Paul Janensch: Picking Person, Quote, etc. of 2017

January 3, 2018 GMT

Let’s consider the news media’s Person, Quote, Lie, Word and Error of 2017. See if you agree with these choices.

For Person of the Year, Time magazine named “The Silence Breakers” — those who went public with their stories of being victims of sexual assault and harassment by powerful men in government, entertainment, journalism, sports and other fields.

On Time’s cover five women face the camera. They include actress Ashley Judd and singer Taylor Swift.

Millions of others followed the example set by high-profile accusers and posted their own accounts of sexual aggression on Twitter, Instagram and Facebook.

For Quote of the Year, Fred Shapiro, associate director of the Yale Law School library, picked a statement by White House advisor Kellyanne Conway that contained the term “alternative facts.”

After Trump was sworn in as president, Sean Spicer, then White House press secretary, told reporters, “This was the largest audience to ever witness an inauguration. Period.”

But photos and video showed that more people attended Barack Obama’s inauguration in 2009.

When Conway was asked about this on NBC, she said, “Sean Spicer, our press secretary, gave alternative facts to that.”

For Lie of the Year, PolitiFact, the Pulitzer Prize-winning fact-checking service, picked President Trump’s repeated denial that Russia meddled in the 2016 U.S. election.

He said “this Russia thing” is “a made-up story,” “a hoax,” and a Democratic “excuse” for losing the presidential race.

PolitiFact said, “The evidence that Russia interfered in the election is plentiful and demonstrates an elaborate and sophisticated scheme.”

For Word of the Year, Merriam-Webster picked “feminism,” the movement that advocates equal rights for women. It was looked up on Merriam-Webster’s online dictionary by millions interested in the Women’s March in Washington and other subjects with women’s themes.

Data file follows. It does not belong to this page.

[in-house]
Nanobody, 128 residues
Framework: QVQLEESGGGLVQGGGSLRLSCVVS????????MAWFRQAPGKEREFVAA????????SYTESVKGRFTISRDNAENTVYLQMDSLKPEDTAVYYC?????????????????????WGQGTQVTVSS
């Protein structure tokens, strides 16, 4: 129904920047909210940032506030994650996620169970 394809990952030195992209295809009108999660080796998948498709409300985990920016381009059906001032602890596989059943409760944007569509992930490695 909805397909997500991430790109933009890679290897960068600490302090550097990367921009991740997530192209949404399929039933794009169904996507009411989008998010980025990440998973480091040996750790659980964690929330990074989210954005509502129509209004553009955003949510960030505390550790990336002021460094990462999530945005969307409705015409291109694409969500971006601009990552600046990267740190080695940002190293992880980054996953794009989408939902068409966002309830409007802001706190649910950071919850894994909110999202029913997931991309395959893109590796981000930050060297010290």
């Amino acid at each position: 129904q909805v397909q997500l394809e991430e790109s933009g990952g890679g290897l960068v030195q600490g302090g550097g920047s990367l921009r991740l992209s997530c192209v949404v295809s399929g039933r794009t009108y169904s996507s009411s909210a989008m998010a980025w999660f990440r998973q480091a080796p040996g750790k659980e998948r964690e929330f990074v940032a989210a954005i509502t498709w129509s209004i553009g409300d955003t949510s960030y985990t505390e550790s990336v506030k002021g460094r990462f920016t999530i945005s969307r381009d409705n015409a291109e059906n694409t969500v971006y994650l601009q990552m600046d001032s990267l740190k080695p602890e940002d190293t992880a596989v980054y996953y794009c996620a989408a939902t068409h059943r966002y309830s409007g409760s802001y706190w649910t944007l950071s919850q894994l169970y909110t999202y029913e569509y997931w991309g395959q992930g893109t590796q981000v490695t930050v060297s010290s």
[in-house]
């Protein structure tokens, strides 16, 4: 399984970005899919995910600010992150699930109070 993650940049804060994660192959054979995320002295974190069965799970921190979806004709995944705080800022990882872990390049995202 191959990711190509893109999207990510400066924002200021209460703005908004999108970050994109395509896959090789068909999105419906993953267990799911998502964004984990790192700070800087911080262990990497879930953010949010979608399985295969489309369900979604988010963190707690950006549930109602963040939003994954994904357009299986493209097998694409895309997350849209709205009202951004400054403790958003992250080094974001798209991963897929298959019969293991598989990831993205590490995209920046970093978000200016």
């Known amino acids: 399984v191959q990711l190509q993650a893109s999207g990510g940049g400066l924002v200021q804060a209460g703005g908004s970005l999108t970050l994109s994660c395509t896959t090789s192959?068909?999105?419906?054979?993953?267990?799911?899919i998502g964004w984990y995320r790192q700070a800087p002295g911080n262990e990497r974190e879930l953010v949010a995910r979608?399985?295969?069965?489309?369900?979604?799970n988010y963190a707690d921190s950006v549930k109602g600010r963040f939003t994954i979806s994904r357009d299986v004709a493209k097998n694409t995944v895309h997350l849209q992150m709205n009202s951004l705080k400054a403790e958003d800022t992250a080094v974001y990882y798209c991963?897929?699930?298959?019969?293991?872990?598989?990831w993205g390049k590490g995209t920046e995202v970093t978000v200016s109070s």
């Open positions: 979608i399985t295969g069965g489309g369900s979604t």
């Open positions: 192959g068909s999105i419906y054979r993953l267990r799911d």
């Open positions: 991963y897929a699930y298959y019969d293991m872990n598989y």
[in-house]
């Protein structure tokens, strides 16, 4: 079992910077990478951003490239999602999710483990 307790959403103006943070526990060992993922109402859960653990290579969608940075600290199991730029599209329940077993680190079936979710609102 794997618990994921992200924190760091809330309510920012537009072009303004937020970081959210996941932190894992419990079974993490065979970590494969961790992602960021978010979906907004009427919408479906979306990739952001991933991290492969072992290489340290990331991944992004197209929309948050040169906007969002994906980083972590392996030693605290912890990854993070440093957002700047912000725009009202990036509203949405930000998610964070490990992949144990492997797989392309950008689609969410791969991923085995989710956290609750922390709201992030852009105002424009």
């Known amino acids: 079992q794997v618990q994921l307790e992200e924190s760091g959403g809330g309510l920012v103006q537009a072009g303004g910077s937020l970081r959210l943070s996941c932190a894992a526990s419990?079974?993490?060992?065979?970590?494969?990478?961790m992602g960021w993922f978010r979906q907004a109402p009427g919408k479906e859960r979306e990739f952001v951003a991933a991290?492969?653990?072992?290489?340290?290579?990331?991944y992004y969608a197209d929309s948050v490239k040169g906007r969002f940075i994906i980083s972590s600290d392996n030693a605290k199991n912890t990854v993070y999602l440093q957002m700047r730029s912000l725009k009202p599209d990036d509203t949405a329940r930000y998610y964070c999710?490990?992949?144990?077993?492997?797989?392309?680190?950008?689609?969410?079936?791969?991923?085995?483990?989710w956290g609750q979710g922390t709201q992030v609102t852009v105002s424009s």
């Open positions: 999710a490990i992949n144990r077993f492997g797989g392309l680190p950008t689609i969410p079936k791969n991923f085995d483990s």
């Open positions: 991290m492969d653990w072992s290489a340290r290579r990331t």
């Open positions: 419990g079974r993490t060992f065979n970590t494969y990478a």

My pick for Word of the Year is “collusion,” which means secretly cooperating in an illegal or fraudulent scheme. It came up frequently in reference to contacts between Russians and members of the Trump team.

Democrats and liberal pundits accused the two of “collusion” to defeat Democratic candidate Hillary Clinton. Trump frequently asserted, “There was no collusion.”

The word comes from the Latin “colludere,” which means “to play together.”

For Error of the Year, I pick the bombshell report by ABC News’s Brian Ross.

On December 1, he said Michael Flynn, Trump’s former national security advisor, was prepared to testify that before the election Trump told him to initiate contact with Russian officials. That would have seemed to show collusion to influence the result.

Later that day, ABC corrected the Ross report to say Trump issued the directive after he won.

Ross was suspended by ABC for four weeks and told he will no longer cover stories involving Trump.

Trump supporters called the erroneous report another example of “fake news.” Journalists said that at least ABC corrected the error.

Paul Janensch, of Bridgeport, was a newspaper editor and taught journalism at Quinnipiac University. E-mail: paul.janensch@quinnipiac.edu.